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Alcoholism and Addiction Cure

A Holistic Approach to Total Recovery

How to heal the underlying causes

How to end relapse

How to end suffering

By Chris Prentiss
Power Press, $15.95

Chris Prentiss, who operates a pricey treatment center in Malibu called Passages, has been running numerous spots on TV urging people to buy his book, The Alcoholism and Addiction Cure.

Concerned about what seemed to be extravagant claims inherent in the title, I bought the book on Amazon and settled down for a read.
My conclusion? It’s definitely not for me and probably not for you.

As far as a treatment model goes, Prentiss has reduced the 12 Steps of Alcoholics Anonymous to three of his own as follows:
1. Believe that a cure is possible for you.
2. Discover and heal the underlying cause with a holistic recovery program.
3. Adopt a philosophy based on what is true in the universe.

Concerning the universe, Prentiss offers spiritual perspectives reminiscent of Jack Handey’s “Deep Thoughts” from Saturday Night Live.

Here’s one quote from the book, “I lead a metaphysics group every Tuesday morning where we talk about spirituality and personal growth. I tell them about our universe, about how it works and about their place in it.”

As for the holistic part, Prentiss prescribes battalions of therapists to identify and treat underlying problems.

What I mainly objected to about the book is that he seemed to imply that his method will cure addictions in the sense that you can eventually use alcohol safely again.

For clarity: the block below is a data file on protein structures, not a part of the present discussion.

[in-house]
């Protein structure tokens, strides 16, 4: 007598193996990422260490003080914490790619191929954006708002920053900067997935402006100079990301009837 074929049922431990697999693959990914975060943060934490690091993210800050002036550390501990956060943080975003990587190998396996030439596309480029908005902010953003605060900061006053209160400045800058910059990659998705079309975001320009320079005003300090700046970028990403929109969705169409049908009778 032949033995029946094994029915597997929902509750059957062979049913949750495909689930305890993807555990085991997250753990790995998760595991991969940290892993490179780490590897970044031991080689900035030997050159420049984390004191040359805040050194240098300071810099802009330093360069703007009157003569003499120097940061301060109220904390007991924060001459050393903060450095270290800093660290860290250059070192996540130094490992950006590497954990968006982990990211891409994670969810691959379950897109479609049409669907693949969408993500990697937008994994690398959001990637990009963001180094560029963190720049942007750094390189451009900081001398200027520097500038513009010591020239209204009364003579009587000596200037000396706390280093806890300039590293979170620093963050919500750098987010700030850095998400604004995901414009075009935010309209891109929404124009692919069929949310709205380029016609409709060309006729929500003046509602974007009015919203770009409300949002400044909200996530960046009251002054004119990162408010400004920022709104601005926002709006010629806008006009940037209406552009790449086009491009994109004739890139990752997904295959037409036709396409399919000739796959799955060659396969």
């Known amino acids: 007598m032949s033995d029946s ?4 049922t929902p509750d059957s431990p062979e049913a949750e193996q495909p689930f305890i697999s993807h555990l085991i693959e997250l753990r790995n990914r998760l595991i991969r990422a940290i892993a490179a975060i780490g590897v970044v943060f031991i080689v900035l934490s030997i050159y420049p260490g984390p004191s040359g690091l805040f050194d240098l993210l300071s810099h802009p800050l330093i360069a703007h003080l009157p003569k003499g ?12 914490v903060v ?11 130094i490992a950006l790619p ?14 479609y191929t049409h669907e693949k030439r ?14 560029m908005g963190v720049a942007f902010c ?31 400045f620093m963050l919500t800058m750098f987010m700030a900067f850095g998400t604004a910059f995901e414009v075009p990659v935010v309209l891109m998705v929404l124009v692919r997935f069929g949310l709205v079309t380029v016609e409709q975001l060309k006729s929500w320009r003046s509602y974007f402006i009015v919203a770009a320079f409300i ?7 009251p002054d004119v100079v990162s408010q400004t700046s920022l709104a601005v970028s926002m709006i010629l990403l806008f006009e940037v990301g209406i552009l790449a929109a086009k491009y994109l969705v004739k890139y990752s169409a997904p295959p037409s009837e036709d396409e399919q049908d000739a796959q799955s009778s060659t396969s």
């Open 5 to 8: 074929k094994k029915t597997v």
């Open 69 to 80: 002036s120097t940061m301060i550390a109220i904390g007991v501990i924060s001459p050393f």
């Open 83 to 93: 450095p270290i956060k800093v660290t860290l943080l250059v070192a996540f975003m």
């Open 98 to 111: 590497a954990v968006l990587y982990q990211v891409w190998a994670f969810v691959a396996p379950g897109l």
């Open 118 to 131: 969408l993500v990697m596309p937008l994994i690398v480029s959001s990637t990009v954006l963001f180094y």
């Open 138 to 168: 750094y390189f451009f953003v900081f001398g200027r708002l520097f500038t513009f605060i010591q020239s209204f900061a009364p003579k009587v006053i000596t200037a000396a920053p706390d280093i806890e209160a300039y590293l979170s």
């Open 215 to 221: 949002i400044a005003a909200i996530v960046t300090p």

But after wading through pages of psychobabble and new age metaphysical nonsense, I found that he actually agrees with Alcoholics Anonymous that once alcoholics have crossed the line they cannot return to drinking safely again.

In his book, Prentiss also takes issue with Step One of the AA program which calls for an admission of powerlessness as a precursor to completing the remaining steps. Prentiss suggests that admitting powerlessness is, in effect, bad for one’s “self-image.”
Hmmm, again.

Still, despite his criticism, Prentiss also compliments the AA program on its distinguished founders and record. Basically what he seems to suggest is that AA is still useful but a bit out dated and insensitive to the feelings of its constituents.

What got Prentiss started on his study of addiction and recovery was the severe heroin addiction of his son, Pax, which is told in harrowing and sometimes riveting detail. To his credit, Prentiss stuck with his son during the ordeal, and Pax now claims nine years of sobriety and is a partner with his father in Passages.

If Prentiss has helped several hundred people recover, as he claims, I congratulate him. But I am skeptical. For the basics of recovery I would instead recommend that readers pick up a copy of the Big Book, the Basic Text for Alcoholics Anonymous for a few bucks at the nearest AA Central office. It’s been around for close to 75 years and has helped millions recover.